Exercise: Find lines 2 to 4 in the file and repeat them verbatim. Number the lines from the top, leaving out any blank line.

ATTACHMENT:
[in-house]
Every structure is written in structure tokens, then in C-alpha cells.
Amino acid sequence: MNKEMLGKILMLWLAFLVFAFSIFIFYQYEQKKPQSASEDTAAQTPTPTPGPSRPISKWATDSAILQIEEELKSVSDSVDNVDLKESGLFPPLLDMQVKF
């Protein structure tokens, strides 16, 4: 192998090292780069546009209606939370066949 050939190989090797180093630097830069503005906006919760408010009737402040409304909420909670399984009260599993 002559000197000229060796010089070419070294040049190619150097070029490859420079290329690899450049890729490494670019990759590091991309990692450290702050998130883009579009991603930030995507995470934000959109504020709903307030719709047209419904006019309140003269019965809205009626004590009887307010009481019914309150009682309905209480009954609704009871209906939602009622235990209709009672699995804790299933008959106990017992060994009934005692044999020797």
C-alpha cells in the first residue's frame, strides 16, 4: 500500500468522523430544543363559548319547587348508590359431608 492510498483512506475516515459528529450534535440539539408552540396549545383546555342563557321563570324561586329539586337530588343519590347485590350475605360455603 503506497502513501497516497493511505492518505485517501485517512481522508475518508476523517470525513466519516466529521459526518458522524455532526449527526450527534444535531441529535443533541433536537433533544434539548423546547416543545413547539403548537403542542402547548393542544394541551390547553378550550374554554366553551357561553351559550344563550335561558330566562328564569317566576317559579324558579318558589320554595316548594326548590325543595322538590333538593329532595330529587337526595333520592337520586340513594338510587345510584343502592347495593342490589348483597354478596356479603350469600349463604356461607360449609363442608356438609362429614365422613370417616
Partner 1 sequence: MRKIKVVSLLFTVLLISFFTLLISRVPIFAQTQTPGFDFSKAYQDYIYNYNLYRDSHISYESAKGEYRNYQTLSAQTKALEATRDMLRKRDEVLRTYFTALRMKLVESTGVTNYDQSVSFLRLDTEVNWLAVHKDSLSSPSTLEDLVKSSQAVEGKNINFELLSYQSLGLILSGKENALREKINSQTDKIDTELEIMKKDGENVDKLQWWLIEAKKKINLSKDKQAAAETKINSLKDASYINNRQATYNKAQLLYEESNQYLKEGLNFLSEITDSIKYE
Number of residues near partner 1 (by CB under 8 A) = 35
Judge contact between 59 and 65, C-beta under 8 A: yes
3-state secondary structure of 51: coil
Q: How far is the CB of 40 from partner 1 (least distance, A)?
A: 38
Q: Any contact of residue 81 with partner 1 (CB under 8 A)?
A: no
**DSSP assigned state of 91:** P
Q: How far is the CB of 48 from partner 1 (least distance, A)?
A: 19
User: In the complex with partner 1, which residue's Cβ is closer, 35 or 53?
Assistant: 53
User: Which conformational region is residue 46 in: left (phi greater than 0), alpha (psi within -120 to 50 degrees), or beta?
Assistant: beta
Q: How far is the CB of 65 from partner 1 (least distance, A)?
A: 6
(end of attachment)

Every structure is written in structure tokens, then in C-alpha cells.
Amino acid sequence: MNKEMLGKILMLWLAFLVFAFSIFIFYQYEQKKPQSASEDTAAQTPTPTPGPSRPISKWATDSAILQIEEELKSVSDSVDNVDLKESGLFPPLLDMQVKF
């Protein structure tokens, strides 16, 4: 192998090292780069546009209606939370066949 050939190989090797180093630097830069503005906006919760408010009737402040409304909420909670399984009260599993 002559000197000229060796010089070419070294040049190619150097070029490859420079290329690899450049890729490494670019990759590091991309990692450290702050998130883009579009991603930030995507995470934000959109504020709903307030719709047209419904006019309140003269019965809205009626004590009887307010009481019914309150009682309905209480009954609704009871209906939602009622235990209709009672699995804790299933008959106990017992060994009934005692044999020797």